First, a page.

New President’s Ambassador brings public service, Civil Rights experience

Photo courtesy of Kent State University.

Photo courtesy of Kent State University.

Carley Hull

Former Ohio congressman Louis Stokes discussed his plans to help inspire students and the university as Kent State’s new President’s Ambassador during his visit to campus Monday.

After meeting with President Lester Lefton, Stokes was all smiles while he talked with Kent State administrators and the media outside the executive offices in the library.

“I just had a lovely lunch with both Dr. Lefton and Mrs. Lefton,” Stokes said with a warm vibrato. “And I found them a very charming couple.“

At 88 years old, Stokes has continued an extensive résumé for civil service. Stokes practiced law for 14 years working on landmark Civil Rights cases before he was elected to the U.S. House of Representatives in 1968, where he became the first African-American member to represent Ohio, according to his biography supplied by Alfreda Brown, vice president of Diversity, Equity and Inclusion.

In the House, Stokes served for 30 consecutive years and was a founding member of the Congressional Black Caucus as well as a member of other notable committees. After leaving Congress, Stokes continued practicing law and worked to better the Cleveland area as a chairman for multiple committees.

“He is such a kind man,” Brown said. “He really has a passion for people.”

Stokes is the fourth recipient of the one-year, part-time appointment that was created in 2010 to help the university gain insight and knowledge from diverse business and community leaders and share that knowledge with students, faculty and staff, Brown said.

“Firstly, I want to say I am very proud to be a recipient of Dr. Lefton’s ambassadorship,” Stokes said. “And what I hope is to be able to speak with all the students at the university and speak to them from a background of someone who has served in the United States Congress for 30 years, who had been a lawyer for roughly another 30 years.”

As the President’s Ambassador, Stokes will have the opportunity to share his professional knowledge and experience with students and faculty, Brown said in a previous interview.

“So I think I bring angles to experiences, some very unique, historic accomplishments that I’d very much like to share with them,” Stokes said. “And I hope in some measure to be an inspiration to (students) as a minority who came out of a very impoverished background and had an opportunity to achieve as an American.”

Stokes grew up in Cleveland, where his late brother Carl Stokes became the first African-American mayor for the city in 1967. Stokes attended Central High School before serving in the United States Army for three years and then attending Western Reserve University (now part of Case Western Reserve University). In 1953, he earned his Juris Doctor from Cleveland Marshall Law School.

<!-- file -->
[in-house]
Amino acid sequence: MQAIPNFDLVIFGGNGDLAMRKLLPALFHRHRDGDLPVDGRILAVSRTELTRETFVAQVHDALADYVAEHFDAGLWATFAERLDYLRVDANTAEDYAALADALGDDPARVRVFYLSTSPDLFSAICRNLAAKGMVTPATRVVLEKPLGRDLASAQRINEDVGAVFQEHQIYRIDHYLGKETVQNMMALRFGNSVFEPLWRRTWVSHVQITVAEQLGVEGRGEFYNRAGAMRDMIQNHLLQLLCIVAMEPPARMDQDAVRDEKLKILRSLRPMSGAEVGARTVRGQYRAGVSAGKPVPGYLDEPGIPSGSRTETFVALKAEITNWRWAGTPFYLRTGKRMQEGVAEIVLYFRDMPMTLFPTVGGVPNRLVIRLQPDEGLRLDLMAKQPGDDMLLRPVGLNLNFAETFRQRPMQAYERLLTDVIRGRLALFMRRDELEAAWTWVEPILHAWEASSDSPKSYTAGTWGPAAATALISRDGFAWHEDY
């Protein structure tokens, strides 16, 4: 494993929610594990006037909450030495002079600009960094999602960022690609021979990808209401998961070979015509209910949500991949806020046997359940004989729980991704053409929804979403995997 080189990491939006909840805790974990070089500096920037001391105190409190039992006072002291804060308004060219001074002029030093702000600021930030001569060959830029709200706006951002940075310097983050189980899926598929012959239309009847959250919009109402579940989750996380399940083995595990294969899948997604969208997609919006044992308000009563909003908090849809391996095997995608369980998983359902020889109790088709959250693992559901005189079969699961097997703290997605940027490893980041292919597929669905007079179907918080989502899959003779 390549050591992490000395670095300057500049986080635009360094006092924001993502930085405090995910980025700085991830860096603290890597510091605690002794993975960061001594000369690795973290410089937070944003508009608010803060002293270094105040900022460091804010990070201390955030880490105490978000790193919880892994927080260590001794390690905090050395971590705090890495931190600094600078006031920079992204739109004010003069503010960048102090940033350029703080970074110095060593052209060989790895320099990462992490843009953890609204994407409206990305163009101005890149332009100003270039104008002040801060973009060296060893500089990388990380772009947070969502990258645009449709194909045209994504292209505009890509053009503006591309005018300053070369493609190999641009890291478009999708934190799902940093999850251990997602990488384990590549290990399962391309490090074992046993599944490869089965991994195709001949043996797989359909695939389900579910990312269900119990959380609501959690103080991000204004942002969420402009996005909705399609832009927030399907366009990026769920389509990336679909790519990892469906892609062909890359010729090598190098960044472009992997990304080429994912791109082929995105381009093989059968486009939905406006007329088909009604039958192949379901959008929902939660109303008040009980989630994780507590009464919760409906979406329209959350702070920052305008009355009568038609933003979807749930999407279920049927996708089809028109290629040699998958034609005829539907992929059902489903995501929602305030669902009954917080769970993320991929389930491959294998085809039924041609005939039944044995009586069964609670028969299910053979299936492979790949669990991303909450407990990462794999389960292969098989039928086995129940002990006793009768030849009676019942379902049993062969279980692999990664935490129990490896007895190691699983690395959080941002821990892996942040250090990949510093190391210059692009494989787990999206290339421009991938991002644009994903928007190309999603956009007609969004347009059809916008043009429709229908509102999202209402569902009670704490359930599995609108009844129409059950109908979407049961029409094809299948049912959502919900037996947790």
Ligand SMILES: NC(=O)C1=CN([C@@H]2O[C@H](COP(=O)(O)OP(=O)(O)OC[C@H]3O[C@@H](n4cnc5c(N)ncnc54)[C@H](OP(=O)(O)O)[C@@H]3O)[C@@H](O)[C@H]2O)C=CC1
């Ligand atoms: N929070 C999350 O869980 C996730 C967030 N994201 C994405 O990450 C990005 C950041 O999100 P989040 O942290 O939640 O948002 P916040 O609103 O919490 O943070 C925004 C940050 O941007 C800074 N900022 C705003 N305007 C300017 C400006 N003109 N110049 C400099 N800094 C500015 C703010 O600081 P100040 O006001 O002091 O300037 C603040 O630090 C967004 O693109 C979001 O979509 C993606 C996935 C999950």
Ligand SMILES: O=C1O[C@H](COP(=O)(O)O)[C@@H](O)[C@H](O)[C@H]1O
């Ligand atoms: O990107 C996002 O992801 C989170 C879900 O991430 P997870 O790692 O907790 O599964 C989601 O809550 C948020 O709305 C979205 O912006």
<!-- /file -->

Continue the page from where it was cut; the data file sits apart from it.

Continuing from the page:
Stokes has continued to work with Cleveland and northeast Ohio universities such as Case Western Reserve University, Cleveland State and Ohio State, Brown said.

“(The president’s ambassadors) become friends of the university,” Brown said. “I think of their generosity and support at Kent State as a gift that keeps on giving.”

As one of his obligations as the President’s Ambassador, Stokes said the committee and president have decided he will give a speech at a Martin Luther King celebration in January.

“I am looking forward to doing that,” Stokes said. “I’d love to do it at this campus, and we still have not come upon what the second thing is. I’ll be doing two major events on the campus, so there is still time to consider what will be the most effective.”

Stokes will be able to foster Kent State’s diversity message and efforts both within the university community as well as externally, said Dana Lawless-Andric, executive director for diversity and inclusion. He will be a representative of interest in fostering a specific message or goal around diversity.

“(Stokes) has had a really long impactful career in really shaping civil rights and creating opportunities for several groups in his tenure as congressman,” Lawless-Andric said, “and some of the work he has done as an attorney and some of the work he has done in diversifying the STEM fields, opportunities for underrepresented groups in STEM fields. So to have him as our ambassador is really very fortunate.”

Stokes was selected by an ad hoc committee, which consisted of past President’s Ambassadors José Feliciano, 2012-2013, and Roxia Boykin, 2011-2012; Brown; The Rev. Ronald Fowler, special assistant to the office of the president for community engagement; and Charlene Reed, a vice president and university secretary.

“We are very excited because he is truly a modern civil-rights leader,” Lawless-Andric said.

Contact Carley Hull at [email protected].